Their attitude also has been shaped by years of one-way communication in print. To have to respond to anyone outside the bubble of the newsroom — even being approached by friendly fans at games, as we all have — is an anathema to some writers.

After reading some of the comments in the ISOJ report, part of me wanted to shout “It’s 2014!” But I also understand the reluctance. When I went from sportswriter at The Atlanta Journal-Constitution to a sports producer and editor at ajc.com 10 years ago, I embraced the possibilities. So did my editor, who also had migrated over from the print side.

But some in our ranks didn’t want to do more than what they, and I once upon a time, had always done. This is the most troubling, and stubbornly persistent problem that continues in most every newsroom.

To utter the words “blog,” “podcast,” “tweet” and others in the presence of some writers is to hurl the vilest profanity, rare epithets that they takes as insults. These new-fangled forms are an affront to their newspaper mentality, and their notions continue to die a hard, excruciatingly slow death. It’s not that different from the hostility some writers have to advanced stats. The Last King (Murray bio)

The aging boys of print are clinging to, more than anything, a great reverence for the art of short-form, on-deadline print narrative, embodied by masters like the late Jim Murray. Yet Ted Geltner, who published a biography of Murray in 2012, said this in a Q and A with The Big Lead:

“There’s a lot of aspects of journalism that really don’t change even as the platforms change. Deep down he really embodied a lot of the key tenets of journalism. He still has something to say.”

Perhaps the biggest gap between old-school print reporters and their younger protégés is an understanding the latter possess that Murray’s ideal not only lives online, but is thriving.

It’s been a decade since I made the switch, and I’m still bullish about what I see. As I’ve blogged often here, the emergence of so many quality sports websites has been exceptional. A younger generation of sports journalists native to the Web and to social media and comfortable with interacting with their readers is gradually dominating this evolution.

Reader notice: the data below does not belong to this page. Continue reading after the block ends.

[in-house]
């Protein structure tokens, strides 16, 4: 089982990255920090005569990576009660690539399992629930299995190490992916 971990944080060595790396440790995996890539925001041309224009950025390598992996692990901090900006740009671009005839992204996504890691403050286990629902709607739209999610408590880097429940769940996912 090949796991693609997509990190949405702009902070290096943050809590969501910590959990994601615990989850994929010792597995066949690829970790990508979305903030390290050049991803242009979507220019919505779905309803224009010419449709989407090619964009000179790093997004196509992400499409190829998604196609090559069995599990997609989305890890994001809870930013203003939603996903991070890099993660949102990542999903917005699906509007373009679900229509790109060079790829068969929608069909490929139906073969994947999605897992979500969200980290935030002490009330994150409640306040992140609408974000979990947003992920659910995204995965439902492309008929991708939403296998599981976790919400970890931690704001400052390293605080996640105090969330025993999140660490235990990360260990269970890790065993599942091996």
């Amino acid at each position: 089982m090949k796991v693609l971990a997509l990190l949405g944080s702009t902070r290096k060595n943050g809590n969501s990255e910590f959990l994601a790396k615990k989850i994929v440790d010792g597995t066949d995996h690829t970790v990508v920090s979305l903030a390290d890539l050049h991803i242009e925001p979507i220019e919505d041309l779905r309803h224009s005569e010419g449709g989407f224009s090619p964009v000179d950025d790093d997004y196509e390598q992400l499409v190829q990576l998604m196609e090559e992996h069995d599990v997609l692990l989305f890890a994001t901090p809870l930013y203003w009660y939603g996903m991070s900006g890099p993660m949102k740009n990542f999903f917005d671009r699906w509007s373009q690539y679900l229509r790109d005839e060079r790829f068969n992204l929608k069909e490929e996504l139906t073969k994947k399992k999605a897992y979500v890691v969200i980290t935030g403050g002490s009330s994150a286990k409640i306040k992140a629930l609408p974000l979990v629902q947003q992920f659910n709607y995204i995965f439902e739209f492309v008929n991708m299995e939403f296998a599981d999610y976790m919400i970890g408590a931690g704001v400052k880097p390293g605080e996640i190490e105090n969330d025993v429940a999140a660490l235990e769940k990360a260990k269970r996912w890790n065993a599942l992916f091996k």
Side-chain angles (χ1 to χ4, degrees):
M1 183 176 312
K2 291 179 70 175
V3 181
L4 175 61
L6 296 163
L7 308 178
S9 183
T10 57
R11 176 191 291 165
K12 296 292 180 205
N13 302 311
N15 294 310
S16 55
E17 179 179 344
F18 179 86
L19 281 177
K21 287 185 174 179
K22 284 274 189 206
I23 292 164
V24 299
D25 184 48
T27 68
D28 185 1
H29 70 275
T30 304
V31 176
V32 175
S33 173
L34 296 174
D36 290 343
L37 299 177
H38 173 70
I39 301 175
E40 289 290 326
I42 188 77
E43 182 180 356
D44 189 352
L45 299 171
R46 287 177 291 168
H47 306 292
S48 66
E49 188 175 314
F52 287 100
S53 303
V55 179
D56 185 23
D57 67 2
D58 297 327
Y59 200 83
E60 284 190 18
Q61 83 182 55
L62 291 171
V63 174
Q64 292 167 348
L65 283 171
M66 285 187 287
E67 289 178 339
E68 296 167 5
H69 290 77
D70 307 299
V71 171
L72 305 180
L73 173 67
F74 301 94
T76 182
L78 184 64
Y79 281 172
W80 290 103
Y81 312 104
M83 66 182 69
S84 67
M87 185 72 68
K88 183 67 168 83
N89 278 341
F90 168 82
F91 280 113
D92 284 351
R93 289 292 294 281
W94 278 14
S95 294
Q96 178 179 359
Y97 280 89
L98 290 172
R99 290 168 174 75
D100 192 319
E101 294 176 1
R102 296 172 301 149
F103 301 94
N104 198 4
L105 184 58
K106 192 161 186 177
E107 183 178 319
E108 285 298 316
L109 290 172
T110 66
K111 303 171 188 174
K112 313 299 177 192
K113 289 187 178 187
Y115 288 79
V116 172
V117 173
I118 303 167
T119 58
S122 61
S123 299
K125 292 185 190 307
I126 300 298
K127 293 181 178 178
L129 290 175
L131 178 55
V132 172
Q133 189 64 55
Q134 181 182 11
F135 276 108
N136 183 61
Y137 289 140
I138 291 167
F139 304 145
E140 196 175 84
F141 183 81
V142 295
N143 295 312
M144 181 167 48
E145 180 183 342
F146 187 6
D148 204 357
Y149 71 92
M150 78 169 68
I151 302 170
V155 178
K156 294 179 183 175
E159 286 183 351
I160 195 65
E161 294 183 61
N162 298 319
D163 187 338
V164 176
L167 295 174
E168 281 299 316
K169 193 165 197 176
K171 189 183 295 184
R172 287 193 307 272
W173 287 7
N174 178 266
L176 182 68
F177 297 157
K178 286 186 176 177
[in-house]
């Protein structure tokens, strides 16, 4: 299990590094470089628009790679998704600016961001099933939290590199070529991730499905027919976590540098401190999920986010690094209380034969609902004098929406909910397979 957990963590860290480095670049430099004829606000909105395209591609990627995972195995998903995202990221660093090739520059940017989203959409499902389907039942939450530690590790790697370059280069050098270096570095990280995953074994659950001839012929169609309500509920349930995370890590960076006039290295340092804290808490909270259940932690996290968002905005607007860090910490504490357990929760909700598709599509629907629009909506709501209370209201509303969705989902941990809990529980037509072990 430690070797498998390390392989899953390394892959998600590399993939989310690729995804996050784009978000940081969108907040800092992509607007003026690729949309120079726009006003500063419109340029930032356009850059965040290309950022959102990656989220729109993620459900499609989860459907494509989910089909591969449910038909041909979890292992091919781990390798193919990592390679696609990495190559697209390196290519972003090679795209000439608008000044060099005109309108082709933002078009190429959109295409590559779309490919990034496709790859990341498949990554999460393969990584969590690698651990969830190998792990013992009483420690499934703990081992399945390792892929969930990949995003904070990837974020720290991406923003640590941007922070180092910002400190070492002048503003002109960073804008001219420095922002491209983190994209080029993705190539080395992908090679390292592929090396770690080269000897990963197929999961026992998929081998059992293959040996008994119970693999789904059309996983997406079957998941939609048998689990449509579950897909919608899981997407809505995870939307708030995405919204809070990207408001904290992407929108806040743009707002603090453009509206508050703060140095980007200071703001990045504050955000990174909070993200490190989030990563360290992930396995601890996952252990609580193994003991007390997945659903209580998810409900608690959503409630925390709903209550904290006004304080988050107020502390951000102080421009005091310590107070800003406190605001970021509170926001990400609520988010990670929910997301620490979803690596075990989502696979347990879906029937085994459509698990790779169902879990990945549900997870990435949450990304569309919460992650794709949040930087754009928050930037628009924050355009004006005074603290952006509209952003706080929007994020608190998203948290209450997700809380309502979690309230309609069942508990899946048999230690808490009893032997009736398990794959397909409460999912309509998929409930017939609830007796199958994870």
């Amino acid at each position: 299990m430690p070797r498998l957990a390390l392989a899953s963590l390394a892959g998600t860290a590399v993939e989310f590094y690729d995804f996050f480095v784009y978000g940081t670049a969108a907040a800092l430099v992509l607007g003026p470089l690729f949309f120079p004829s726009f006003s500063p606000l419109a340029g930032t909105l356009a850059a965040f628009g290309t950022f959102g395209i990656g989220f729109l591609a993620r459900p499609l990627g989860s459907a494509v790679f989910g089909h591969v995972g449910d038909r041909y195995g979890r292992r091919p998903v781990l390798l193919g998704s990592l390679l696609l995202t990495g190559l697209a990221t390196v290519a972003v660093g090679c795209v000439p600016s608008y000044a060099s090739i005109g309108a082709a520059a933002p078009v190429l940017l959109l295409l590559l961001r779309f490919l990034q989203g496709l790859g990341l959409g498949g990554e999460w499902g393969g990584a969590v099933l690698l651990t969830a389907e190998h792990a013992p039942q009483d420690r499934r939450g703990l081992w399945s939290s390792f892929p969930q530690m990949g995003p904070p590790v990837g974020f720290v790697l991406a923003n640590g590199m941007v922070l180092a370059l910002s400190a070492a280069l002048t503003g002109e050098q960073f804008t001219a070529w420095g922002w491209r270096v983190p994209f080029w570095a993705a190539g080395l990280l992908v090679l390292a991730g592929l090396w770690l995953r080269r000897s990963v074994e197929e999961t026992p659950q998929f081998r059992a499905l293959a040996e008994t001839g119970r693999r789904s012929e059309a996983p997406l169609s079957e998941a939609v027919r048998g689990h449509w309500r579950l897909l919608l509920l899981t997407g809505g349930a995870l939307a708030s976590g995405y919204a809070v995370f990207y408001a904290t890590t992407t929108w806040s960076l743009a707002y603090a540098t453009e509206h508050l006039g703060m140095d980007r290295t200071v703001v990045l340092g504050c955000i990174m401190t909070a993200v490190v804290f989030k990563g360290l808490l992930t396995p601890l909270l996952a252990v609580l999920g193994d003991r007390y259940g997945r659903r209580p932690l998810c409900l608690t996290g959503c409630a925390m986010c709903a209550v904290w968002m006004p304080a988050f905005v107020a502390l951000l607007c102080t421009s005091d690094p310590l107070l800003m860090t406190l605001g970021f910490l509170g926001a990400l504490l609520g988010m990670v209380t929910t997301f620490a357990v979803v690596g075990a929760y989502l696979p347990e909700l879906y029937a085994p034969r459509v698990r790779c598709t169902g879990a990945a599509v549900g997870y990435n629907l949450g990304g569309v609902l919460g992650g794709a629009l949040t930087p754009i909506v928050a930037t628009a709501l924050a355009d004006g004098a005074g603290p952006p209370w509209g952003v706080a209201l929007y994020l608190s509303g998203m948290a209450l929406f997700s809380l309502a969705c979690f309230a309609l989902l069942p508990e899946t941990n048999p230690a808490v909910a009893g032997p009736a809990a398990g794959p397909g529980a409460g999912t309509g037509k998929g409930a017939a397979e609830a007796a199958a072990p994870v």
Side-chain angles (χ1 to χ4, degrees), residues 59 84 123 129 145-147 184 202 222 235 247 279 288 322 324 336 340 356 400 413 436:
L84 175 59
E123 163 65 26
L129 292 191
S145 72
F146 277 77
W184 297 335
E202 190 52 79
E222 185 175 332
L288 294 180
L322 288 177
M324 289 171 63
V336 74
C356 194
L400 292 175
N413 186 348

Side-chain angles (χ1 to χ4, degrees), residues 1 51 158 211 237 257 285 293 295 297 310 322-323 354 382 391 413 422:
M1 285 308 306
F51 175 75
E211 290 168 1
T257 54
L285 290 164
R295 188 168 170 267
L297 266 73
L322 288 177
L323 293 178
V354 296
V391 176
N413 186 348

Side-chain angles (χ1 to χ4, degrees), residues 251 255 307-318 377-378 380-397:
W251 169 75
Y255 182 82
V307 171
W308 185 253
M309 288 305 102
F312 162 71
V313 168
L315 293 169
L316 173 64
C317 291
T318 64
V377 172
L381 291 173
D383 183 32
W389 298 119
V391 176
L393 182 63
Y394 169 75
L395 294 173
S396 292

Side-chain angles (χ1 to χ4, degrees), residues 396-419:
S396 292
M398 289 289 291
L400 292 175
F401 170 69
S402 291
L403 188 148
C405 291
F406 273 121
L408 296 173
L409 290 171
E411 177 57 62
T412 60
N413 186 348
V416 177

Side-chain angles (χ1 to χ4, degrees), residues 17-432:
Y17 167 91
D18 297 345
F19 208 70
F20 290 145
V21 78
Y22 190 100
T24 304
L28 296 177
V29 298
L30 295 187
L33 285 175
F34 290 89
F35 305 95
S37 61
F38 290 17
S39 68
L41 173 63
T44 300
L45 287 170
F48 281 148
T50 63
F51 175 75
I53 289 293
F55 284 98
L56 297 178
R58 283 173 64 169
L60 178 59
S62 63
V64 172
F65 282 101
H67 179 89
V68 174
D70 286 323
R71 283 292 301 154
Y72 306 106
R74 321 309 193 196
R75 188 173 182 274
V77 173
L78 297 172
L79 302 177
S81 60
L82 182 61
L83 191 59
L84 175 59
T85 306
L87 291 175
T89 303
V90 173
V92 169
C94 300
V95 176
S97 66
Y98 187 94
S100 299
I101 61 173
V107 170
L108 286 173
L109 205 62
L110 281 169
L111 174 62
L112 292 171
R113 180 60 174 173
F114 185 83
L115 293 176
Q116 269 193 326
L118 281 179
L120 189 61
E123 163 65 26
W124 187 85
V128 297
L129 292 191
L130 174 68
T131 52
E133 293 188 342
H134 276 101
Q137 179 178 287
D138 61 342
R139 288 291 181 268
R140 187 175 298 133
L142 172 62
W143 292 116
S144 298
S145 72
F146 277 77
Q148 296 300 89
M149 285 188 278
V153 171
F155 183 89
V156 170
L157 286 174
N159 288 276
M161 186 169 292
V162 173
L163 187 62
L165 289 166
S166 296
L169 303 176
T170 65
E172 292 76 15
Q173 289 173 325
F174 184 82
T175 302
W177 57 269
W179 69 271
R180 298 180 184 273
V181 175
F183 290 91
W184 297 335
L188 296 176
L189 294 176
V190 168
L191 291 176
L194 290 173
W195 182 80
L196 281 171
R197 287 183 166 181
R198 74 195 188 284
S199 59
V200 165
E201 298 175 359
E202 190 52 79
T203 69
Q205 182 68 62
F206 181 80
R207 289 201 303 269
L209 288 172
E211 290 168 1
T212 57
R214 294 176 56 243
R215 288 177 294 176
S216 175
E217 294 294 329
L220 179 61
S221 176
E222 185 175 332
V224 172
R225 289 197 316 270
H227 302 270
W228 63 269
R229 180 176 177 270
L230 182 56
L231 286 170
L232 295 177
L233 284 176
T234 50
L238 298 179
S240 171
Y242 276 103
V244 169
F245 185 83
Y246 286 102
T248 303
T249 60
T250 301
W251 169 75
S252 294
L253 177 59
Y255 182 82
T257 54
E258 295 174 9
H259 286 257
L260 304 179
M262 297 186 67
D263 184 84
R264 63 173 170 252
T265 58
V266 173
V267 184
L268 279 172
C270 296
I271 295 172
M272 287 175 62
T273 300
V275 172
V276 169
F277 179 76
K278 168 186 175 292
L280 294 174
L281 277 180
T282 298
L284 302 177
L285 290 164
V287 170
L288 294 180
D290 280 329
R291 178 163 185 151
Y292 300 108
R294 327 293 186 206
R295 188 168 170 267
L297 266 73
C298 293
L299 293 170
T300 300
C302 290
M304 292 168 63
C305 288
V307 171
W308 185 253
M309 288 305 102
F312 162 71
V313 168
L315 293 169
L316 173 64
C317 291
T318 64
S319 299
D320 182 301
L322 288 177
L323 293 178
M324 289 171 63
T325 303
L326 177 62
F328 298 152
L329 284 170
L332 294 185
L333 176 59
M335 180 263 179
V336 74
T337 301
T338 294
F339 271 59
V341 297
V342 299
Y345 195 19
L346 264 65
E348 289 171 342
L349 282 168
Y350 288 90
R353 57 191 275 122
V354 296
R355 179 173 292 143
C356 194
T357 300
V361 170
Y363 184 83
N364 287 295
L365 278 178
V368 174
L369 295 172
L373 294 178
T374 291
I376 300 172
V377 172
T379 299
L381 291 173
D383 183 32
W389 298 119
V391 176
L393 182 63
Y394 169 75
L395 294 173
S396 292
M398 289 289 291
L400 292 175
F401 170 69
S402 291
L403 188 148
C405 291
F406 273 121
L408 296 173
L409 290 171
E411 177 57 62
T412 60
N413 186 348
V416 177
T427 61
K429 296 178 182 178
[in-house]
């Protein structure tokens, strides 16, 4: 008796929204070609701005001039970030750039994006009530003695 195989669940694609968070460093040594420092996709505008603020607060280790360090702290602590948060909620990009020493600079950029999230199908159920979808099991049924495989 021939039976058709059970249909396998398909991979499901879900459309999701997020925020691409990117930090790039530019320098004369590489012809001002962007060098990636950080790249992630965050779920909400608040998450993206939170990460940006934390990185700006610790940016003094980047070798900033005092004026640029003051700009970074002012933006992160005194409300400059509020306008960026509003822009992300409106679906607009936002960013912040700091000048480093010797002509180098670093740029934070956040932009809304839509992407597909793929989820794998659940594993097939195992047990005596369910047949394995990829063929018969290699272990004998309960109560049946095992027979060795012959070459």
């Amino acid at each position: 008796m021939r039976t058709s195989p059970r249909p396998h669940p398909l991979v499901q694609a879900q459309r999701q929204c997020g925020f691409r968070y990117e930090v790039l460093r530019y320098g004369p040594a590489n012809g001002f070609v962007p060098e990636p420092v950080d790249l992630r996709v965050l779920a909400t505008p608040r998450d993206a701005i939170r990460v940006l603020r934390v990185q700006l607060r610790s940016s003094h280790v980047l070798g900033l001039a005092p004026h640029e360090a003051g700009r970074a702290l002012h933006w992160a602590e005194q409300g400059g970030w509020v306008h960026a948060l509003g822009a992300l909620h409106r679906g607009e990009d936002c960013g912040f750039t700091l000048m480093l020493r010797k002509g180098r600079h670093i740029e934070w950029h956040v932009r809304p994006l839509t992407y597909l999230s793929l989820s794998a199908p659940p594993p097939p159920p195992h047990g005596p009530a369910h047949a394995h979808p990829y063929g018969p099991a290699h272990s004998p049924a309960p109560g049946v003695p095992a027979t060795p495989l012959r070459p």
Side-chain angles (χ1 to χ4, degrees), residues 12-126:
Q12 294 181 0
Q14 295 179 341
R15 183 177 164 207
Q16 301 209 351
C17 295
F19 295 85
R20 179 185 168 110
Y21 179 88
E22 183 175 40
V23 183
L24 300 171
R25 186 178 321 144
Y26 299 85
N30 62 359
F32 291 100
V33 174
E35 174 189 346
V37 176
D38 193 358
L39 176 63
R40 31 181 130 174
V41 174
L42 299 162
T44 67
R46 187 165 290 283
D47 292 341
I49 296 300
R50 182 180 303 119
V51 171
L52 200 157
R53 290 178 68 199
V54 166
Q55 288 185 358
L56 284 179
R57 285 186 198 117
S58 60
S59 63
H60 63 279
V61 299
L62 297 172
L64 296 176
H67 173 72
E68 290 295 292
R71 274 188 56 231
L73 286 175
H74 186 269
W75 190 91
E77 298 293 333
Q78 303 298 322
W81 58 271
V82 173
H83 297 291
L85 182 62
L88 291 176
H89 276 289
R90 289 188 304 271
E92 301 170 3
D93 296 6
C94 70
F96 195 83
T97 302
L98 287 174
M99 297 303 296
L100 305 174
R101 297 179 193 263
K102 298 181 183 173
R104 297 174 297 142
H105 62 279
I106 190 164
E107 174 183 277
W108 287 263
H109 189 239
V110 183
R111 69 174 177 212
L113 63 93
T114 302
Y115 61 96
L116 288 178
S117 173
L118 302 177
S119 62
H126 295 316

Doing all these things can be very time-consuming. I know beat writers who, in addition to all the duties Kindred wrote about, now have to shoot and post quickie videos of post-game press conferences. It’s grinding, grueling work that doesn’t get easier for those in middle age and older.

Another legitimate concern is whether all these digital-first efforts can pay the bills. Many of these experiments will continue, even after some, including one that claimed my last job, didn’t succeed. It’s a feeling many of us who’ve gone to the Web have felt.

These are business matters that are beyond the pay grades of mere sportswriters. Indeed, much of the stress they’re feeling could be alleviated by management that emphasizes the wisest use of multimedia forms. Instead, so many reporters are ordered to do a little bit of everything, even on deadline, and in sports this is an extreme pressure cooker.

The challenge here is about continuing, and re-imagining, a long tradition of storytelling and insight that once made the American sports pages a vibrant component of newspapers.

They’re being refashioned online, and while it’s still in its infancy, this transformation is already boasting better journalism than the last of the curmudgeons think.